Friday, November 14, 2008

Beating an Undead Trojan Horse

The state can't afford it. Arlington doesn't want it. So why does I66 expansion keep moving forward?

The Arlington Civic Federation, by a two-thirds margin, said no again this week to a wider I66. That's after a public hearing at Washington-Lee High School a couple of weeks back at which nearly everyone opposed expansion plans.

Pushed by Rep. Frank Wolf and Rep. Tom Davis, the Virginia Department of Transportation (VDOT) wants to make "spot improvements" to the westbound lanes of I66 in three spots in Arlington. "What’s proposed here is a gross waste of money," Arlington County Board Member Chris Zimmerman (D) said. "All you’re doing is moving the bottlenecks around."

Of course, the "spot improvements" are just a trojan horse to fully expand I66 through Arlington to three lanes. And that pesky media, not clued into the charade, keeps giving it away. One story back in October called plans to expand the road finalized. All this public comment is apparently just a charade.

With money for transportation projects so tight, funding for the $75 million "spot improvements" is being pieced together. Meanwhile, the federal government is reluctant to step in to help Metro with its current financing mess. Where are the priorities?

Wolf and Davis claim the widenings will help evacuations of DC in case of emergency. But if I66 is packed for a simple morning rush, how will a few extra stretches of pavement enable tens of thousands of cars to pile on at the same time? After all, even a full lane of highway moving at top speed can only handle something like 1,500 cars an hour.

But what do they care? The evacuation route argument is just another gimmick. The real goal is the same as it was when the road was first proposed in 1956 -- force the road on Arlington, and force Arlingtonians to breathe the pollution of vehicles from making their commutes from sprawling developments in Fairfax County, Loudoun County and beyond.

To learn more about the history of I66 and how to get involved, visit the Arlington Coalition for Sensible Transportation.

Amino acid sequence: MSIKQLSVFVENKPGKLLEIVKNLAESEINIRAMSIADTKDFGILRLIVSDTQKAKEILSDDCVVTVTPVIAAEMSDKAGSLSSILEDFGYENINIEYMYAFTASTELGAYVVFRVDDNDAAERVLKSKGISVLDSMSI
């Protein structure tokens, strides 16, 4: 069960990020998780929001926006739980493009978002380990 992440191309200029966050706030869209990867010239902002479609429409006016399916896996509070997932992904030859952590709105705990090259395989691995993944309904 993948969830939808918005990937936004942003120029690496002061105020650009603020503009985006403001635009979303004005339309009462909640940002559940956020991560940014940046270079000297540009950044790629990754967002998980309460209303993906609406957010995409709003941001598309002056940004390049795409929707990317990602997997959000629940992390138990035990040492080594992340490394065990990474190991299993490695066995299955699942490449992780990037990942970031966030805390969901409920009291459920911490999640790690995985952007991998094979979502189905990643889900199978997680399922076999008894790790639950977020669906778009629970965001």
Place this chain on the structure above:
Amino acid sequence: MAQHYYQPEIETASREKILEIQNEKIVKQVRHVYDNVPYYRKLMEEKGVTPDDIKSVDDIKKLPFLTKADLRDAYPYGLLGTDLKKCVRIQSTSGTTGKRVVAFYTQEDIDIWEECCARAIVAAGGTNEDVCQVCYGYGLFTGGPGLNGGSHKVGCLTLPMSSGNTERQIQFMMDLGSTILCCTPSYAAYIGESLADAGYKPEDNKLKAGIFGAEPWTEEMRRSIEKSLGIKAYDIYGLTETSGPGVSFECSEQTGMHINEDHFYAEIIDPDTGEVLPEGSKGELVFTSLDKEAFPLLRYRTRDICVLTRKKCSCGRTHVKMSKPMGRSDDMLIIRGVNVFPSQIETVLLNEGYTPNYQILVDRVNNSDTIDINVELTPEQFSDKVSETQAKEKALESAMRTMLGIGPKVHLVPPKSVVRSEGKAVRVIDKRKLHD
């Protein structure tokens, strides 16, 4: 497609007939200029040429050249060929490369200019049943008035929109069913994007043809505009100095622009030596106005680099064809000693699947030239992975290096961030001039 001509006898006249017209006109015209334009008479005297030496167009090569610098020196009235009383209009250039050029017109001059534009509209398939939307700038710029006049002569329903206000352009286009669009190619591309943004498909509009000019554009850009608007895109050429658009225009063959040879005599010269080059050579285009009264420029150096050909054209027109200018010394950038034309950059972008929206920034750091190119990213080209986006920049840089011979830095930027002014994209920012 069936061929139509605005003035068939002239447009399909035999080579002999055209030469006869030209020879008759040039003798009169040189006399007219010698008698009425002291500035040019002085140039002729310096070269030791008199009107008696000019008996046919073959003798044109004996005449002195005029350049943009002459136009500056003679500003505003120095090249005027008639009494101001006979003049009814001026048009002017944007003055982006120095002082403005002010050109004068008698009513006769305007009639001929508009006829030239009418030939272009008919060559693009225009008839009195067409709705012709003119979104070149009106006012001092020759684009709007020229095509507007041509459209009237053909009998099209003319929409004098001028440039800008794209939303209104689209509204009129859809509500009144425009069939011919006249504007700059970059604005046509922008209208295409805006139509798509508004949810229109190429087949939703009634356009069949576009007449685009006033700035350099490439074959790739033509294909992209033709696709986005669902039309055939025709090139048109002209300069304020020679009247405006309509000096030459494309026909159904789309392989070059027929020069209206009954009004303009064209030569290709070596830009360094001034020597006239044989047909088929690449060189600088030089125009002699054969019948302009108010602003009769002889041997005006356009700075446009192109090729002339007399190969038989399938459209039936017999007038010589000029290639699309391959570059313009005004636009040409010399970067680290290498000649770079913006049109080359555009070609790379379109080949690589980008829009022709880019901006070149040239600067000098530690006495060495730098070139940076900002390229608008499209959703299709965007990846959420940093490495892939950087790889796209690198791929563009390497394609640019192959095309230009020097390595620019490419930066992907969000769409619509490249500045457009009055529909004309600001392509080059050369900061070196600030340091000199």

Cross-posted from RK


Matt McKnight said...

"So why does I66 expansion keep moving forward?"
It keeps moving forward because it is a ridiculously undersized road. The 4->2 lane in bound lane squeeze exaggerates the effect of the evening traffic by forcing more merging. The expansion of Ballston keeps moving forward, while the opportunity to tax developers for the infrastructure requirements they are creating is disappearing. It's time to catch up with the current reality.

"force Arlingtonians to breathe the pollution of vehicles from making their commutes from sprawling developments in Fairfax County, Loudoun County and beyond."
The traffic is terribly backed up not with commuters coming from Loudoun and Fairfax, HOV keeps that flow moving, but with commuters coming from Arlington and DC to Tyson's Corner and other points west. The traffic is terribly backed up on the weekends. It's the not the same problem it used to be. What you are saying is wrong. In reality, by having cars pass through more quickly, the total pollution and gas usage would be reduced.

Allen Muchnick said...

The landmark 1977 Coleman Record of Decision established I-66 inside-the- Beltway as a multimodal transportation corridor with a *managed* urban freeway, Metrorail's Orange Line in the median, and shared-use paths along both sides of the highway. Better traffic management is the optimal--and only viable way--to significantly improve traffic operations on I-66.

Extending the HOV-2 hours, both in the "peak direction", at the "shoulders" of the current 2.5-hour restriction, and for at least a short one-hour period in the "reverse commute" direction would do much to eliminate I-66 congestion and would enable effective express bus operations.
It would cost the taxpayers nothing and could be implemented almost immediately.

If I-66 were built today, it would be managed with 21st Century congestion pricing (variably priced, automated tolls), as VDOT is currently advancing on both the Capital Beltway and Shirley Highway. I-66 should become part of this regional HOT lane network.

The currently proposed westbound "spot improvements" are neither spots nor improvements and will only move the current bottlenecks down the road a bit *and* WORSEN traffic congestion elsewhere, especially along eastbound I-66.

For more current information on the Arlington Coalition for Sensible Transportation, please visit our blog at